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Traditions and approaches within qualitative analysis

24/03/2018    hoangthuphuong   PHD Journey
Unlike quantitative analysis, there are no clearly agreed rules or procedures for analysing qualitative data. Approaches to analysis vary in terms of basic epistemological assumptions about the nature of qualitative enquiry and the status of researchers' accounts .(see Chapter 1). They also differ between different traditions in terms of the main focus and aims of the analytical process. These include:

ethnographic accounts which are largely descriptive and which detail the way of life of particular individuals, groups or organisations (Hammersley and Atkinson, 1995; Lofland and Lofland, 1995)

life histories which can be analysed as single narratives, as collections of stories around common themes, or quarried to construct an argument based on comparison between different accounts (Thompson, 2000)

narrative analysis which identifies the basic story which is being told, focusing on the way an account or narrative is constructed, the intention of the teller and the nature of the audience as well as the meaning of the story or 'plot' (Riessman, 1993)

content analysis in which both the content and context of documents are analysed: themes are identified, with the researcher focusing on the way the theme is treated or presented and the frequency of its occurrence. The analysis is then linked to 'outside variables' such as the gender and role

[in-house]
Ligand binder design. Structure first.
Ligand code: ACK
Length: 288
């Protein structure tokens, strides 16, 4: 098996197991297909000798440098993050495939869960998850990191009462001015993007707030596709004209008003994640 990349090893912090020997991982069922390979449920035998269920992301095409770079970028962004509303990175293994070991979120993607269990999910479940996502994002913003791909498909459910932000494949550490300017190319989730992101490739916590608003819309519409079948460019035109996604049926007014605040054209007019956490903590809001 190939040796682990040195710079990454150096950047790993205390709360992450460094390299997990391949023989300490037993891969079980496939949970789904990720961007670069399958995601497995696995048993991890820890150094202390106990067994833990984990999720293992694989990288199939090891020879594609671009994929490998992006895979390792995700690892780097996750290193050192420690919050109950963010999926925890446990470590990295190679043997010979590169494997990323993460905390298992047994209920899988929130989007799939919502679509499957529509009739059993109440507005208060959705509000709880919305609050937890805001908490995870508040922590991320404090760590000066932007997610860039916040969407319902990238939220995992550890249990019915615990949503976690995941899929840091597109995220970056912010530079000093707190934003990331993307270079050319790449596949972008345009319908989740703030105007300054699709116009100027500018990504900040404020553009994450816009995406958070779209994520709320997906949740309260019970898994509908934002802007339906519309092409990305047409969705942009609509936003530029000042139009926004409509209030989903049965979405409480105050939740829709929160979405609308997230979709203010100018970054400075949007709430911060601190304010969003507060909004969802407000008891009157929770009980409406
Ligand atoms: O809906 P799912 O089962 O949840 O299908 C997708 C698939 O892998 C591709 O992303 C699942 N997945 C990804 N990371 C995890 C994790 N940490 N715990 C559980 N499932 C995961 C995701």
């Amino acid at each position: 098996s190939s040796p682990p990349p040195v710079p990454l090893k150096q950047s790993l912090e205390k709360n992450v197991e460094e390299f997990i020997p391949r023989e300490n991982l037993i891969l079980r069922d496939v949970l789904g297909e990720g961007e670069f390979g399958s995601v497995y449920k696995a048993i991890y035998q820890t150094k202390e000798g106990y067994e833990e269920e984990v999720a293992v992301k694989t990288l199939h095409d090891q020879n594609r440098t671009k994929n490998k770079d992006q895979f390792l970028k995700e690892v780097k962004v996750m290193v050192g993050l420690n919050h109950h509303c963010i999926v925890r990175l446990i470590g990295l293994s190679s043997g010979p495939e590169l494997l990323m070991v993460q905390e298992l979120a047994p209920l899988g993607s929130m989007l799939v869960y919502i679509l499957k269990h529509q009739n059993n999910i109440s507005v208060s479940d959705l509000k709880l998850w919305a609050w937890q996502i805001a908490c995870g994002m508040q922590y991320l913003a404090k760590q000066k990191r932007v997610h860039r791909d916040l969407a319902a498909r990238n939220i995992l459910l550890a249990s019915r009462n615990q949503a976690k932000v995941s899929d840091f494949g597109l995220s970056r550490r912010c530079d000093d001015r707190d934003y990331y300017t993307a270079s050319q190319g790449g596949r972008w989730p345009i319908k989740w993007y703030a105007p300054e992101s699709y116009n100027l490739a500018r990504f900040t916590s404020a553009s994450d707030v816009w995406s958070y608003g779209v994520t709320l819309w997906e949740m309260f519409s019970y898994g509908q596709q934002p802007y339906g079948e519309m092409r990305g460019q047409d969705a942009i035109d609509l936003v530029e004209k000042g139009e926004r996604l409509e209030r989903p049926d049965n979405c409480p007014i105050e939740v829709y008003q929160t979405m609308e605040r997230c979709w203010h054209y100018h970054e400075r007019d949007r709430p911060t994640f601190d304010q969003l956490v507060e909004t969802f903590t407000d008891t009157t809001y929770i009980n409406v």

of the contributor (Berelson, 1952; Robson, 2002)

conversation analysis which focuses on the structure of conversation and classifies interaction in terms of key linguistic systems such as turn taking and adjacent pairs (Atkinson and Heritage, 1984; Silverman, 2000a)

discourse analysis which is concerned with the way knowledge is pro discourse analysis  duced within a particular discourse through the use of distinctive language (for example, legal discourse, medical discourse) or through the adoption of implicit theories in order to make sense of social action (for example, poverty, power, gender relations). Discourse analysis may also focus on what is going on in an interaction in terms of performances, linguistic styles, rhetorical devices and ways in which talk and text set out to convince and compete with alternative accounts (Silverman, 2001; Tonkiss, 2000)

analytic induction which aims to identify deterministic laws and the essential character of phenomena, involving an iterative process of defining a problem, formulating and testing an hypothesis, then reformulating the hypothesis or redefining the problem until all cases 'fit' the hypothesis
(Robinson, 1951)

grounded theory which involves the generation of analytical categories and their dimensions, and the identification of relationships between them. The process of data collection and conceptualisation continues until categories and relationships are 'saturated', that is new data do not add to the developing theory (Glaser and Strauss, 1967; Strauss and Corbin, 1998)

policy and evaluation analysis where analysis is targeted towards providing 'answers' about the contexts for social policies and programmes and the effectiveness of their delivery and impact (Ritchie and Spencer, 1994).

Ritchie, J., Lewis, J., Nicholls, C. M., & Ormston, R. (Eds.). (2013). Qualitative research practice: A guide for social science students and researchers. Sage.


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